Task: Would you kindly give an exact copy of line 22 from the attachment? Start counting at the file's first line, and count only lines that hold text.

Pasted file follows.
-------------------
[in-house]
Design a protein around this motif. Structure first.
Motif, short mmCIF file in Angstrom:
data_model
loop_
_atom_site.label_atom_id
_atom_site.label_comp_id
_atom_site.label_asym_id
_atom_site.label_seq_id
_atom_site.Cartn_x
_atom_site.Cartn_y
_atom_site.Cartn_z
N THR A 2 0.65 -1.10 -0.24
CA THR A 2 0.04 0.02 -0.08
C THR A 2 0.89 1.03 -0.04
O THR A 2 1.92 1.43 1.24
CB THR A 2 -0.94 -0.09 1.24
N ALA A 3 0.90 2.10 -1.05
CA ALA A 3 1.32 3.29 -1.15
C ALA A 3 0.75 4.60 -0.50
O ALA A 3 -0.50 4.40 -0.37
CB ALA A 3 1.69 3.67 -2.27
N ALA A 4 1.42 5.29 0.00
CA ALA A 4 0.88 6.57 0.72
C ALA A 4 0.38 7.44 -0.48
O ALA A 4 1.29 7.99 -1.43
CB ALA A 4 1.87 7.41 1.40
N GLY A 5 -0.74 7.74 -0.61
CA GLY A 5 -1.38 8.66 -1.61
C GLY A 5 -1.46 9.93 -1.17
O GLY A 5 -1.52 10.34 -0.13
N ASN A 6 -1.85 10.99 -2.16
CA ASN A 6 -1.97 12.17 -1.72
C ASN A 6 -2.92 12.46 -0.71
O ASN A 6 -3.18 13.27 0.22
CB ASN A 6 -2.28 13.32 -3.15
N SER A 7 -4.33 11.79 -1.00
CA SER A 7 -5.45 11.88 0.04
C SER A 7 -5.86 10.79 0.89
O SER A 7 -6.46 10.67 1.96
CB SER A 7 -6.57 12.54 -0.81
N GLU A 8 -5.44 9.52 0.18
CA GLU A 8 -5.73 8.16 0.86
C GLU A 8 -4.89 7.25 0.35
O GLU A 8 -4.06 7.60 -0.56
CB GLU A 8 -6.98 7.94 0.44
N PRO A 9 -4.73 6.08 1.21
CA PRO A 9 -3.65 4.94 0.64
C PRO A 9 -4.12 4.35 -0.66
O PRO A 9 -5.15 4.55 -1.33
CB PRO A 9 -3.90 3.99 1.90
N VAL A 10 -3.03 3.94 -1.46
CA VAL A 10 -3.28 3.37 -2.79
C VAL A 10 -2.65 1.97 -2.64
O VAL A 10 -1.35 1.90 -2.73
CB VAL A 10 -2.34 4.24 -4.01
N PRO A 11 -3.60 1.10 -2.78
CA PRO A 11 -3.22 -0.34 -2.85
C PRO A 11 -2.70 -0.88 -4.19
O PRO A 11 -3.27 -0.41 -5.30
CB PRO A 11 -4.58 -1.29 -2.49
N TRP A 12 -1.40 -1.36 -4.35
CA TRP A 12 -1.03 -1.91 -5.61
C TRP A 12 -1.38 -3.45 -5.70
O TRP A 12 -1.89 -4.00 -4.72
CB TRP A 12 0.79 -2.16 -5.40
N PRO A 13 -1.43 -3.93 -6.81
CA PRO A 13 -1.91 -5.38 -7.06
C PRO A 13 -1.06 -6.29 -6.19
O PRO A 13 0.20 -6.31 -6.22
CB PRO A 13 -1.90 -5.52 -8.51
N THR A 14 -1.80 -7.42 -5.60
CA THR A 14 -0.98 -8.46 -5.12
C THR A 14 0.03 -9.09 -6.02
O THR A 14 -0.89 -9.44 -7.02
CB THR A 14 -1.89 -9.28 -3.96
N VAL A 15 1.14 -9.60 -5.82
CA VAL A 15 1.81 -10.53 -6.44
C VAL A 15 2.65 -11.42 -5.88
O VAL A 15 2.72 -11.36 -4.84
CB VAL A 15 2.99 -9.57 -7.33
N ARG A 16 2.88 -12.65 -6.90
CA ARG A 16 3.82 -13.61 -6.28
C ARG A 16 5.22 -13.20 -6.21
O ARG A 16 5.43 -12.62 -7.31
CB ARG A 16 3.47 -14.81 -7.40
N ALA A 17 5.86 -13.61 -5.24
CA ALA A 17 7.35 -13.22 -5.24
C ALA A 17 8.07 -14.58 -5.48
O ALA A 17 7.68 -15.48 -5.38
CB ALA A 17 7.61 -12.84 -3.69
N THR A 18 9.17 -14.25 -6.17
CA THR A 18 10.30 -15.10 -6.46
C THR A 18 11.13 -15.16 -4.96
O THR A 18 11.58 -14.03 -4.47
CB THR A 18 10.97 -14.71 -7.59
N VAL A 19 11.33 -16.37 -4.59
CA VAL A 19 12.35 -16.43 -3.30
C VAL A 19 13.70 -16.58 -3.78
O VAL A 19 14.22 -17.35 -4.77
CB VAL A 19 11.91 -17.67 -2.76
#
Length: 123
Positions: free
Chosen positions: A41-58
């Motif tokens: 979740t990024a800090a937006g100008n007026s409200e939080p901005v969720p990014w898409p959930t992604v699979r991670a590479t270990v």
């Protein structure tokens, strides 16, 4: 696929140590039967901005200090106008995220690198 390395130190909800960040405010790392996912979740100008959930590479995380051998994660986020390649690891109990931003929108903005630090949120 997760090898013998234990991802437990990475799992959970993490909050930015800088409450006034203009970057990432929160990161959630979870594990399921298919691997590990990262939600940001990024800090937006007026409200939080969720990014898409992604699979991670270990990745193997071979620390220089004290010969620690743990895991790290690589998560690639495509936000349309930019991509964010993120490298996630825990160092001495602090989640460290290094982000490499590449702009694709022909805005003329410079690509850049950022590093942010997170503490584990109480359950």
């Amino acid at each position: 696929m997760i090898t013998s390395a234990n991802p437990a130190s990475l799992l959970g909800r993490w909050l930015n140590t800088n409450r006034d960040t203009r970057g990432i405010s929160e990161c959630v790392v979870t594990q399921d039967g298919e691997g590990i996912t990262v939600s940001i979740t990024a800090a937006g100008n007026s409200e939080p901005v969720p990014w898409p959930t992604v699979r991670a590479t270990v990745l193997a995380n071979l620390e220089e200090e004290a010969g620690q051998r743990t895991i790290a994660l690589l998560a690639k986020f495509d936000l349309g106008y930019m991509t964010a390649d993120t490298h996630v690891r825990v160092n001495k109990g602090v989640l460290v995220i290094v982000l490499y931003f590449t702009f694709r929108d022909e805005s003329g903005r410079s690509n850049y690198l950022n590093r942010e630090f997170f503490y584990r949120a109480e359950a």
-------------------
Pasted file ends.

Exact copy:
CB ALA A 3 1.69 3.67 -2.27